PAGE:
After not seeing the field his freshman year, sophomore wide receiver Alex Haight has strung together some nice performances for the Quakers so far this season, racking up 16 catches for 156 yards and a touchdown. The Daily Pennsylvanian sat down with Haight to ask him 15 questions about his football career, his time at Penn, and his life off the field.
1. Can you introduce yourself, and what's your major?
My name is Alex Haight, and I’m a sophomore studying PPE.
2. How long have you been playing football?
I’ve been playing football since I was a young child, but I dropped football for a little bit; played other sports — basketball was a big thing for me. But then I picked it [football] back up junior year of high school, and I played junior year, senior year, and I did a postgraduate at Deerfield [Academy in Massachusetts], and then the two years here.
3. Why Penn?
I just thought Penn was the perfect place to come to because, you know, unreal academics, great football; I think it was a perfect blend. I really liked the location being in Philly, and after meeting with the coaches and some of the teammates, I just felt like it was a great fit for me.
4. What has stood out to you so far about the Penn football program?
I would say, first and foremost, the culture here is pretty historic. The winning culture is cool to be a part of. The teammates are excellent. We have older guys doing everything they can to help the younger teammates and the coaches do a great job explaining what Penn football really means and what it means to be on this team. So I think that’s really special. There’s nothing generic about it. [It's] very, very cool to be a part of.
5. What would you say are the biggest differences between high school and college, on the field and off?
The biggest difference is time commitment, and I think that’s something really beneficial [that] I’ve really enjoyed; that you get to spend a lot more time with your brothers and you learn a lot more about football [and] the technicalities of the game. You are able to read defenses a lot better as an offensive player. The speed of the game is just a lot faster. That’s something that takes a little while to get used to. But that was probably the biggest difference for me. The coaching staff does a great job of getting the younger guys mixed in and getting used to that, so it’s not too much of a shock when you’re in there.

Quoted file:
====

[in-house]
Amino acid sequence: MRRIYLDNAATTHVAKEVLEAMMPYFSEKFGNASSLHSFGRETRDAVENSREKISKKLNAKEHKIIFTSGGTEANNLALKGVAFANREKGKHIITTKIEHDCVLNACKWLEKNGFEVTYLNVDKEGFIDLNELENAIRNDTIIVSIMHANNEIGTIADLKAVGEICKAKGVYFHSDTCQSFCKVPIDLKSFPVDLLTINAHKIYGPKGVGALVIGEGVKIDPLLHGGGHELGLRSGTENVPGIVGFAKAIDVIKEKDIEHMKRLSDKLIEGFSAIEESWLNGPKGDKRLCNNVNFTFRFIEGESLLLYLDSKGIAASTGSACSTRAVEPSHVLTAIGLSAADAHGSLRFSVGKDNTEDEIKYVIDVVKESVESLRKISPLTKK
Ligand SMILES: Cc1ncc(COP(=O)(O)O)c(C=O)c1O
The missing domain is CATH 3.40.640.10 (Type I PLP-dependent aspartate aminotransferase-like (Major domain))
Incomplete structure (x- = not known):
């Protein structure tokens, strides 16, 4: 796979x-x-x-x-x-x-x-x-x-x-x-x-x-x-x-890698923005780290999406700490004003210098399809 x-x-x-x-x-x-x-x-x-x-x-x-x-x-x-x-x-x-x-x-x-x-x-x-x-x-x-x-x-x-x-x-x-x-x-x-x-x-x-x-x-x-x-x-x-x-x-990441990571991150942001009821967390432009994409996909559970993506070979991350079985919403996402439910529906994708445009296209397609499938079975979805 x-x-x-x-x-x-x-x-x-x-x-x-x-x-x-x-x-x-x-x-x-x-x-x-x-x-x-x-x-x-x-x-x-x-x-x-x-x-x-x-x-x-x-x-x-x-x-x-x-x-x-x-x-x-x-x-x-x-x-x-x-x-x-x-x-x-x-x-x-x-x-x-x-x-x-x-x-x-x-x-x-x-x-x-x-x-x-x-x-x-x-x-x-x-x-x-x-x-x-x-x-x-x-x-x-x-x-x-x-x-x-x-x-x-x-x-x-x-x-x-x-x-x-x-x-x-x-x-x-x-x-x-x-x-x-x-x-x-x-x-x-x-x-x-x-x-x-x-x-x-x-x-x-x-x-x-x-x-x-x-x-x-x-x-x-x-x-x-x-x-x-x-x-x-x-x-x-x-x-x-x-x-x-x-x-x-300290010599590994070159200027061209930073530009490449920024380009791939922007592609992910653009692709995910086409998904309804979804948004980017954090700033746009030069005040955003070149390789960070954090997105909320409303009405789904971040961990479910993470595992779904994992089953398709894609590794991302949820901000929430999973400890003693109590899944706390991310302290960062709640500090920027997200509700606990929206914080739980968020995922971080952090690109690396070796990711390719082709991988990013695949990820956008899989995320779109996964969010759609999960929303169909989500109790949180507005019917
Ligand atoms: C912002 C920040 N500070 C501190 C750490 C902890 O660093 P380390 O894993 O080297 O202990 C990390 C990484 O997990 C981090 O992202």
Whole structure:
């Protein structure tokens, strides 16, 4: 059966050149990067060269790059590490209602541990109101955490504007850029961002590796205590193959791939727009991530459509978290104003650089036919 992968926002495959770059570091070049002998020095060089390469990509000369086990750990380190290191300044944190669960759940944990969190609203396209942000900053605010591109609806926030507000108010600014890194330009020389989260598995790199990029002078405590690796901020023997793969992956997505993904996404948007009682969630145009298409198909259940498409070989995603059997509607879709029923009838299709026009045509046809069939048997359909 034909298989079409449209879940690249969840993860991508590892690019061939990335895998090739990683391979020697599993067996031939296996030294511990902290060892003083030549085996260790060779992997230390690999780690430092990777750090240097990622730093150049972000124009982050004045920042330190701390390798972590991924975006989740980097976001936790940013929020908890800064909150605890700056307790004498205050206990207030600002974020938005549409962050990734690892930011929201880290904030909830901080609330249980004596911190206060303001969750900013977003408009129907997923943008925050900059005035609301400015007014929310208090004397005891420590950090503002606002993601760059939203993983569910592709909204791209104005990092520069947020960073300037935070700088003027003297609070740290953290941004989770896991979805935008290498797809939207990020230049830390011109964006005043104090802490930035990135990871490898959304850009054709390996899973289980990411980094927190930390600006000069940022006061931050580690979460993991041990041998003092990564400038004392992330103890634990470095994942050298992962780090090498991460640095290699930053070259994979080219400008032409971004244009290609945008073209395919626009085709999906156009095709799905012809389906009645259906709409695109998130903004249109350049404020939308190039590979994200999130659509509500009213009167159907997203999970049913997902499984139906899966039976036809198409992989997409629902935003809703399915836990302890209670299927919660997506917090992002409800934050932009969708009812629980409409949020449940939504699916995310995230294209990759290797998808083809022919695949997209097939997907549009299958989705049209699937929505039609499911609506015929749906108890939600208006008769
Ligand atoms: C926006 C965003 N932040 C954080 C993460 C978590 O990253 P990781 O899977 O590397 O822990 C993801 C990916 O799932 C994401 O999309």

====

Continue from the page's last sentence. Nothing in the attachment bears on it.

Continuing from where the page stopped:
6. Do you have any game day superstitions?
I’m a pretty superstitious guy. The gloves I wear are usually the gloves I’ve been wearing all week to practice. I tie my shoes a certain way before every game, as silly as that may sound. I have certain music that I listen to. I’m sure there’s more. Bedtime’s around relatively the same time every time, so [that's] worked for me. I don’t know how much it really plays into anything, but I feel good if I have everything on that list checked off.
7. Congratulations on your first collegiate touchdown against Bucknell! How did that feel?
Pretty unreal, I have to be honest. It was cool. Just the week before, getting my first college catch ever, and then turning around next week and having the first touchdown; it’s not something you ever expect to happen. But it was very, very cool.
8. Penn plays two big home games back to back weeks this season — against Brown for family weekend, and then Cornell for homecoming. Which game are you more excited for?